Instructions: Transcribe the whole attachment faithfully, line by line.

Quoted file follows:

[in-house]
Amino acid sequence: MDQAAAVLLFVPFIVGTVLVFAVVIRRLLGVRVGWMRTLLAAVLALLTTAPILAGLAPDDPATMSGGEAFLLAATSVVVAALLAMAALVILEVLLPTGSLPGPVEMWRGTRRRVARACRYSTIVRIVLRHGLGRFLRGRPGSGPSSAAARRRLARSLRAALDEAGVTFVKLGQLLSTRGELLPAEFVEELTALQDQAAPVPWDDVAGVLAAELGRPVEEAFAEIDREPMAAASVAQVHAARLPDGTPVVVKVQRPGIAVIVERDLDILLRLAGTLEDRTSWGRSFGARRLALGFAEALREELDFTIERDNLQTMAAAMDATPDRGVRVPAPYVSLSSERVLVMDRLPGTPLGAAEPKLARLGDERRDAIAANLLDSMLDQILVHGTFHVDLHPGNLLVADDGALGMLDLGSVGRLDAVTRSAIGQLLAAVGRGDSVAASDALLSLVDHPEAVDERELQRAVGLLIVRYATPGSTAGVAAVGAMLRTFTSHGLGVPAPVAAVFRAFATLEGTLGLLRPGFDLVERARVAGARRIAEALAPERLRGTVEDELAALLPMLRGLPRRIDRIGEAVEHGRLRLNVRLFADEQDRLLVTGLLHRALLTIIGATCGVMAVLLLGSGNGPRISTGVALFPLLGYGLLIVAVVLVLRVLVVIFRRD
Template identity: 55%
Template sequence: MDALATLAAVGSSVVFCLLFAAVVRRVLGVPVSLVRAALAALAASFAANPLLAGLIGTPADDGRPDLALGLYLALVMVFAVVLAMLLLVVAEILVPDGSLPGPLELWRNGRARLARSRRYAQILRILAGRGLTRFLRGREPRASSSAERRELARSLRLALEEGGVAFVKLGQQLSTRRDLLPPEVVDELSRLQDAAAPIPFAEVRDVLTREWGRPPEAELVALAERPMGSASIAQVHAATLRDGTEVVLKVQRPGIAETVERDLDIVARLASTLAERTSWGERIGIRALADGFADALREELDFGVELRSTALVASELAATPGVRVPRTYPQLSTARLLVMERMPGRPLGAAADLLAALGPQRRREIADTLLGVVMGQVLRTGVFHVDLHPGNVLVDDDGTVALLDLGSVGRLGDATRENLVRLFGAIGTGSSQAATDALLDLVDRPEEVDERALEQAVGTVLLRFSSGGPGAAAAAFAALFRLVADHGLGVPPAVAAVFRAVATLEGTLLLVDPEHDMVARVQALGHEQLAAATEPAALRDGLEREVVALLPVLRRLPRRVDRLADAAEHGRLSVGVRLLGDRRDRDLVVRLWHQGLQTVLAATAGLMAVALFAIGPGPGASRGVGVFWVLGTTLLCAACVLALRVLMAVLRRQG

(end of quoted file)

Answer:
[in-house]
Amino acid sequence: MDQAAAVLLFVPFIVGTVLVFAVVIRRLLGVRVGWMRTLLAAVLALLTTAPILAGLAPDDPATMSGGEAFLLAATSVVVAALLAMAALVILEVLLPTGSLPGPVEMWRGTRRRVARACRYSTIVRIVLRHGLGRFLRGRPGSGPSSAAARRRLARSLRAALDEAGVTFVKLGQLLSTRGELLPAEFVEELTALQDQAAPVPWDDVAGVLAAELGRPVEEAFAEIDREPMAAASVAQVHAARLPDGTPVVVKVQRPGIAVIVERDLDILLRLAGTLEDRTSWGRSFGARRLALGFAEALREELDFTIERDNLQTMAAAMDATPDRGVRVPAPYVSLSSERVLVMDRLPGTPLGAAEPKLARLGDERRDAIAANLLDSMLDQILVHGTFHVDLHPGNLLVADDGALGMLDLGSVGRLDAVTRSAIGQLLAAVGRGDSVAASDALLSLVDHPEAVDERELQRAVGLLIVRYATPGSTAGVAAVGAMLRTFTSHGLGVPAPVAAVFRAFATLEGTLGLLRPGFDLVERARVAGARRIAEALAPERLRGTVEDELAALLPMLRGLPRRIDRIGEAVEHGRLRLNVRLFADEQDRLLVTGLLHRALLTIIGATCGVMAVLLLGSGNGPRISTGVALFPLLGYGLLIVAVVLVLRVLVVIFRRD
Template identity: 55%
Template sequence: MDALATLAAVGSSVVFCLLFAAVVRRVLGVPVSLVRAALAALAASFAANPLLAGLIGTPADDGRPDLALGLYLALVMVFAVVLAMLLLVVAEILVPDGSLPGPLELWRNGRARLARSRRYAQILRILAGRGLTRFLRGREPRASSSAERRELARSLRLALEEGGVAFVKLGQQLSTRRDLLPPEVVDELSRLQDAAAPIPFAEVRDVLTREWGRPPEAELVALAERPMGSASIAQVHAATLRDGTEVVLKVQRPGIAETVERDLDIVARLASTLAERTSWGERIGIRALADGFADALREELDFGVELRSTALVASELAATPGVRVPRTYPQLSTARLLVMERMPGRPLGAAADLLAALGPQRRREIADTLLGVVMGQVLRTGVFHVDLHPGNVLVDDDGTVALLDLGSVGRLGDATRENLVRLFGAIGTGSSQAATDALLDLVDRPEEVDERALEQAVGTVLLRFSSGGPGAAAAAFAALFRLVADHGLGVPPAVAAVFRAVATLEGTLLLVDPEHDMVARVQALGHEQLAAATEPAALRDGLEREVVALLPVLRRLPRRVDRLADAAEHGRLSVGVRLLGDRRDRDLVVRLWHQGLQTVLAATAGLMAVALFAIGPGPGASRGVGVFWVLGTTLLCAACVLALRVLMAVLRRQG